Every single day, hundreds of computers are hacked, or are systematically compromised by some other party other than the person who owns the unit.
Perpetrators hacks into to computers for different reasons, but primarily to (1) Steal financial and other information, (2) use the hacked computer as a gateway or hub to commit other crimes, (3) prove a point (that they were right), (4) create a situation from which they may subsequently benefit financially or otherwise, (5) hurt someone, an organization or a state, (6) spy on someone or something, (7) find amusement, recreationally overcome a challenge, or (8) simply to get attention.
Some hacks may be stopped before they occur, some may be discovered after its occurrence, others may never be discovered, while a few may be ignored out of plain ignorance by the computer’s owner.
In reality, hackers love to target computers or individuals who are directly and or indirectly associated with media houses, government departments, security hubs, social networking hubs, airline hubs, immigration hubs, banks and any other medium that holds invaluable information, rare images and financial records.
Information that you may ignore or data that may seem irrelevant to you may very well be of financial or material value to a hacker who may have already contemplated how he or she can gain from it.
And even though the average computer user may not be as expertly trained as a hacker, there are still certain things that the lesser-learned user can do to prevent a hacker from hacking into their computers (or at least try to make it difficult for them in their efforts to hack into it).
While the information below may be classified as theoretically simplified and as basic precautionary measures against junior level hackers, it can nonetheless be of some sound benefit to the average computer user if the following five guidelines are properly observed;
1. Don’t let a hacker sit at your computer:
The first rule to hacking prevention is to simply do not allow a known hacker to sit at your computer, share your internet connection on any Wifi network, any social hub online, or any shared connection within a computer network that you are a part of (even if either is locked with a password).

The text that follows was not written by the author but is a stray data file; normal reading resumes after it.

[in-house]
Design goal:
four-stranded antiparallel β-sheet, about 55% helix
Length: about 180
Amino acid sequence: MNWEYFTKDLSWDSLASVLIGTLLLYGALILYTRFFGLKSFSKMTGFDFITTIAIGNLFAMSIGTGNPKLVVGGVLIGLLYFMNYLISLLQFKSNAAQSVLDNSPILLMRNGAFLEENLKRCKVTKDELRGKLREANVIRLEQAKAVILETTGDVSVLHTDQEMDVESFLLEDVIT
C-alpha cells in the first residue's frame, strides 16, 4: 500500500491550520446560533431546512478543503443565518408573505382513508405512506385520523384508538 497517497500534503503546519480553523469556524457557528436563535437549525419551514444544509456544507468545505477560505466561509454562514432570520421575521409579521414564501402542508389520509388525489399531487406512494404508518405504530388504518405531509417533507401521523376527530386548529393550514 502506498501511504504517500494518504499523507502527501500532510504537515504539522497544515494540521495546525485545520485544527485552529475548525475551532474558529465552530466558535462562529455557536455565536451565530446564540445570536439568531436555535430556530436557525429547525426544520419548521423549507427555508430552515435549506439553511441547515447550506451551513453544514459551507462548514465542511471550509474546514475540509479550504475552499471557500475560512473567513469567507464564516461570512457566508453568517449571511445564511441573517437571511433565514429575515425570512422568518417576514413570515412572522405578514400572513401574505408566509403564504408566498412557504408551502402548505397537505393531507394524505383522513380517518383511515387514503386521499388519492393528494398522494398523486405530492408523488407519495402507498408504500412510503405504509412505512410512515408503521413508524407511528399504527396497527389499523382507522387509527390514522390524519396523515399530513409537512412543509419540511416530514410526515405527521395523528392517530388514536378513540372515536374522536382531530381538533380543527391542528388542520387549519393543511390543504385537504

That would be like inviting him or her to a buffet or an open feast.
2. Be mindful of what you download:
Hackers know people like freebies, free software, free games, and a host of other free stuff. So in a bid to get into your computer, the would-be hacker will simply embed his desired hacking tool or an infection into the software that you want, and you would then smilingly download and install it on to your computer, certainly without any knowledge.
Of course, the hacker can then simply harvest your daily information and send it to his database every time your computer is connected to the internet, or he can simply time the software to infect your computer within a certain time if you do not connect.
So the best thing to do is to be mindful of your software download sources, the reputation of websites that you visit, pirated software on your PC, and any application that had to be cracked in order for you to use it.
3. Change your passwords regularly:
Clandestine software and key loggers planted on your system can be mediums that hackers can use to get your system password, and in essence log into your PC in person or remotely.
To safeguard against this, you should change your password often, and avoid sharing it with other persons, even in the same household.
Additionally, you must never use the same password for your email, etc, as your PC logon password.
As an added form of protection, you may also want to consider setting up a firmware password, which may help to make it difficult for a low to middle level hacking software or a hacker to compromise your PC, reset the PRAM or alter the booting process.
4. Install a very good anti-virus software and activate your firewall:
You should always ensure that you have a very good and well updated ant-virus software.
While no anti-virus software is 100 percent fool proof, it would nonetheless help to stave off at least 95 percent of all virus attacks and intrusion that your PC may face every year.
A good free antivirus option may be Avast, AVG, BitDefender, Adaware SE, or Microsoft Security Essentials.
However, in order for any anti-virus to work effectively or even as a basic system security requirement, you must ensure that your PC’s Firewall is always on.
5. Clear your cache and watch those cookies.
In such a case, you may want to clear the cache and cookies folder of your web browsers as often as possible either manually or via a cache cleaner such as CCleaner or any other credible cache and cookie cleaning tool.
While the above is not conclusive, and may not guarantee protection from more advance and well-learned hackers, it may still offer some level of protection from the larger population of lower level hackers that often plague the virtual world of information technology.